Annie took a long time to reliably housebreak too - I think it suddenly clicked for her at about 6 months, and about 8 months is when she stopped excited peeing meeting new people or dogs. Confusing matters, we lived with Trixie and her pee pads for several months, and Annie figured that was acceptable for big dogs to use too.

The 8 months was earlier than I was happy with too.... but not crating her = way less separation anxiety (and at that point she was pulling anything in tooth range into her crate to destroy it, crying and howling for hours, and bending the bars on the crate/trying to chew out and rocking the crate across the floor (causing things to be in tooth range). I kept her out of the living room, bathroom, and kitchen, and she had full access to my bedroom and hall (no closet, so also access to all the shoes). Every day for months, I came home, and surreptiously glanced around for something that was destroyed, every day, there was nothing touched, except now and then a sock from the laundry moved onto the bed to snuggle with. I think she was still too uncomfortable and busy waiting for me to destroy anything - but she still got into things occasionally when I was home (toys, laptop cords, USB cables, cardboard boxes, my coat pockets, plastic lids, etc).
 

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I came back to add, there nothing relaxing about having a bored poodle around. They are dogs that require mental and physical stimulation, and, frankly, Normie can be quite an irritant until he gets it.

When he gets to be too much and he can't go out, we do training exercises, fetch, play with the flirt pole, he does puzzles, or I give him a vet-approved chew. I wish there were a dog version of Mister Rogers.

It's so much better for both of us than my screaming.
 

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Gracie was reliable in the house at about six months, if I strategically removed temptations to chew. Housebreaking was fine, the chewing remains a challenge, still at 18 months. It’s better, she is maturing but she still has moments of puppy craziness.

As far as energy level, Gracie has a lot of energy and needs to have activities that drain that energy, both mental and physical. The structured training and walks are good but I firmly believe puppies and dogs also need to have time where they can just be a dog. One of the things that was helpful with Gracie was to take her to a field or a Beach (weather permitting) and put her on a 30 ft training lead and just let her retrieve, tug toys, etc... and get that crazy energy out. If you have a large area where she can be off leash, even better.
 

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Gracie was reliable in the house at about six months, if I strategically removed temptations to chew. Housebreaking was fine, the chewing remains a challenge, still at 18 months. It’s better, she is maturing but she still has moments of puppy craziness.

As far as energy level, Gracie has a lot of energy and needs to have activities that drain that energy, both mental and physical. The structured training and walks are good but I firmly believe puppies and dogs also need to have time where they can just be a dog. One of the things that was helpful with Gracie was to take her to a field or a Beach (weather permitting) and put her on a 30 ft training lead and just let her retrieve, tug toys, etc... and get that crazy energy out. If you have a large area where she can be off leash, even better.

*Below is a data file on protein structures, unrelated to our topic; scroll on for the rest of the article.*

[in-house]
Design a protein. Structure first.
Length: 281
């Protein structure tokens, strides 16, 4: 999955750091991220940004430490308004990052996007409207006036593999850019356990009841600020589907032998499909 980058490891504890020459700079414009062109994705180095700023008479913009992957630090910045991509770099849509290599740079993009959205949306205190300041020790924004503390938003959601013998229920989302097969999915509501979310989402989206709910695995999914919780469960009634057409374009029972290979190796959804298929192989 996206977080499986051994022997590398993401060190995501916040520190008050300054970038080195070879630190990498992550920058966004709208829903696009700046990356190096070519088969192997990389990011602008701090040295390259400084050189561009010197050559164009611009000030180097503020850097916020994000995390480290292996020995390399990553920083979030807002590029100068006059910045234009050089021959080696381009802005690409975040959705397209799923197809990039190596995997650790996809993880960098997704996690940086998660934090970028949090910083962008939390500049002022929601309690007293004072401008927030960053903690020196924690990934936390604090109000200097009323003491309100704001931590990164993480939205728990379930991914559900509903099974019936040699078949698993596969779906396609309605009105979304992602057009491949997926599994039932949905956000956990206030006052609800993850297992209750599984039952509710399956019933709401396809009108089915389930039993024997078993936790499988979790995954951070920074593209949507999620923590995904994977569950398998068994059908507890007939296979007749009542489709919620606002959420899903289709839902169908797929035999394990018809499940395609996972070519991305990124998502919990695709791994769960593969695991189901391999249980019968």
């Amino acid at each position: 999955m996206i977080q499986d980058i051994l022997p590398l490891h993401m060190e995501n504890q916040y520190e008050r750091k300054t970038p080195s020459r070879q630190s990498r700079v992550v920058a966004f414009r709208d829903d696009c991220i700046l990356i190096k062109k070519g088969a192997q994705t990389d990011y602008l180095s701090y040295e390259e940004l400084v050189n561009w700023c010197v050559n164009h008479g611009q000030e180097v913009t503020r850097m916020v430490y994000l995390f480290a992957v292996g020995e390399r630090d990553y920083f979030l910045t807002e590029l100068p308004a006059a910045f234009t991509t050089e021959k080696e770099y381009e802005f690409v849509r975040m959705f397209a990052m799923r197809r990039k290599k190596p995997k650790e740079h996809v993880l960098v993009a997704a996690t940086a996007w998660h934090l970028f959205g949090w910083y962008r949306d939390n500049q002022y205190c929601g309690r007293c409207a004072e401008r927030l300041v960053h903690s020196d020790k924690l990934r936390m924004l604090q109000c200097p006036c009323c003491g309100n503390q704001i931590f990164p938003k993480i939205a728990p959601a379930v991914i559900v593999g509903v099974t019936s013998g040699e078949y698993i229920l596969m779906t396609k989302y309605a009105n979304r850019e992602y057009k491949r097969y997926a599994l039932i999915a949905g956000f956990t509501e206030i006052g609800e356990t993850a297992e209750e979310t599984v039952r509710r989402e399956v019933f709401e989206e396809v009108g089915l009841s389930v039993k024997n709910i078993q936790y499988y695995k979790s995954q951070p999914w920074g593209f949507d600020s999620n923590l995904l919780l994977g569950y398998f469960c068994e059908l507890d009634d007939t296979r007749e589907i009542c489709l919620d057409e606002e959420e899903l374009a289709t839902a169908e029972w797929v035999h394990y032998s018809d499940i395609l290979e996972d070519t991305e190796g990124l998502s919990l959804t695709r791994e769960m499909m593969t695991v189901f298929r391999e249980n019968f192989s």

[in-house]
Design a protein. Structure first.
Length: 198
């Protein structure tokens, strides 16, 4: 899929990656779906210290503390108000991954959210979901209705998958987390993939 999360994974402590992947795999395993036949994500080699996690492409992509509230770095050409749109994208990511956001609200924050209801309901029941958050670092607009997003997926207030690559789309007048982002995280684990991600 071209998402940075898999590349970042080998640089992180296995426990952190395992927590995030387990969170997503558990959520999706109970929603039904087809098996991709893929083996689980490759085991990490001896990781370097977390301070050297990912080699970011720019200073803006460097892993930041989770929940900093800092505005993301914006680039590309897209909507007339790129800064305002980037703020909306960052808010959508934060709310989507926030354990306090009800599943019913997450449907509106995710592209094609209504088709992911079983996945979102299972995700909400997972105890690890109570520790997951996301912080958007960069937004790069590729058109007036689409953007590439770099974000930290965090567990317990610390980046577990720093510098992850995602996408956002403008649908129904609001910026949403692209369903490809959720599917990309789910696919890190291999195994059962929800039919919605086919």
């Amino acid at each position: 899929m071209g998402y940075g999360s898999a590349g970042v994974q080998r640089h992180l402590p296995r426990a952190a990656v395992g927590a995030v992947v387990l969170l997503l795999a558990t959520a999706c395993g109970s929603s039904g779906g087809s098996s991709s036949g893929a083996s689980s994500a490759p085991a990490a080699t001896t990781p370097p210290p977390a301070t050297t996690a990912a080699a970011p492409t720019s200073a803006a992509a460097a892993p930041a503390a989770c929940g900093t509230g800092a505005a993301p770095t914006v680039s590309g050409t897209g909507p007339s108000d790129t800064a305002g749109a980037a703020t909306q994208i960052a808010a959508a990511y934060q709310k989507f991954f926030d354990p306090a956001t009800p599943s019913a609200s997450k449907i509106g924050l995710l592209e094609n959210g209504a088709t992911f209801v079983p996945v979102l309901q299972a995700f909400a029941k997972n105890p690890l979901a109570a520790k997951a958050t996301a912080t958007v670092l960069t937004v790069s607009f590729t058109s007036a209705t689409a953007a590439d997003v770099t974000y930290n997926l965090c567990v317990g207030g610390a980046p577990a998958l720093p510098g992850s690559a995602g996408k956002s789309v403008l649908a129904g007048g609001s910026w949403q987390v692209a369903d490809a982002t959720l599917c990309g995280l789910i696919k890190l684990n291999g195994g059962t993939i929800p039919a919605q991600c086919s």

How do you control eating everything in sight while you do that? My 14 wk pup eats everything in sight snd would eat dirt and grass obsessively
 

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How do you control eating everything in sight while you do that? My 14 wk pup eats everything in sight snd would eat dirt and grass obsessively
Yes Misha was like this. Not dirt but anything else. It is just an exploratory behavior and it did go away. Not completely but now he doesn't eat things and just carries them around if he likes them. I allowed eating of things if I felt like they weren't poisonous or dangerous. Better to let it run its course I think.
 

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Pogo and Snarky had a lot of access to horse poop and horse hoof trimmings when they were young. Yup, they sampled these delicacies often. 😝 They grew out of the horse poop fascination when they hit adulthood. I have a theory, based on no firm scientific evidence, that eating stuff like horse poop is a way animals might acquire useful gut flora, rather like eating a probiotic.
 

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Useful gut flora and predigested vegetables. I noticed a marked decrease in the eating of sheep poo when I started adding a few well cooked vegetables to my dogs' food. Rabbit berries are a well known delicacy, too!
 

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I think eating non-food obsessively (rather than gnawing/exploring) could absolutely point to a nutritional imbalance or deficiency.

Then again, I was worried when puppy Peggy kept chowing down on mole hill dirt. Then we went to a puppy play group and all the puppies raced straight to the mole hills on our trainer's property: Munch! Munch! Munch!

I adjusted my expectations a little after that, and focused my energies on dangerous items like the small rocks she liked to tuck in her cheek. That was a tricky one.
 

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I've never had a dog who did not like horse droppings from time to time. I had to place my horses a couple of years ago - got too old to stack hay bales and haul 50 pound feed sacks. But the wild horses visit us every week or so, so the dogs still get to experience horse poop from time to time. I'd rather they not eat the poop from the wild horses because they do not get wormed.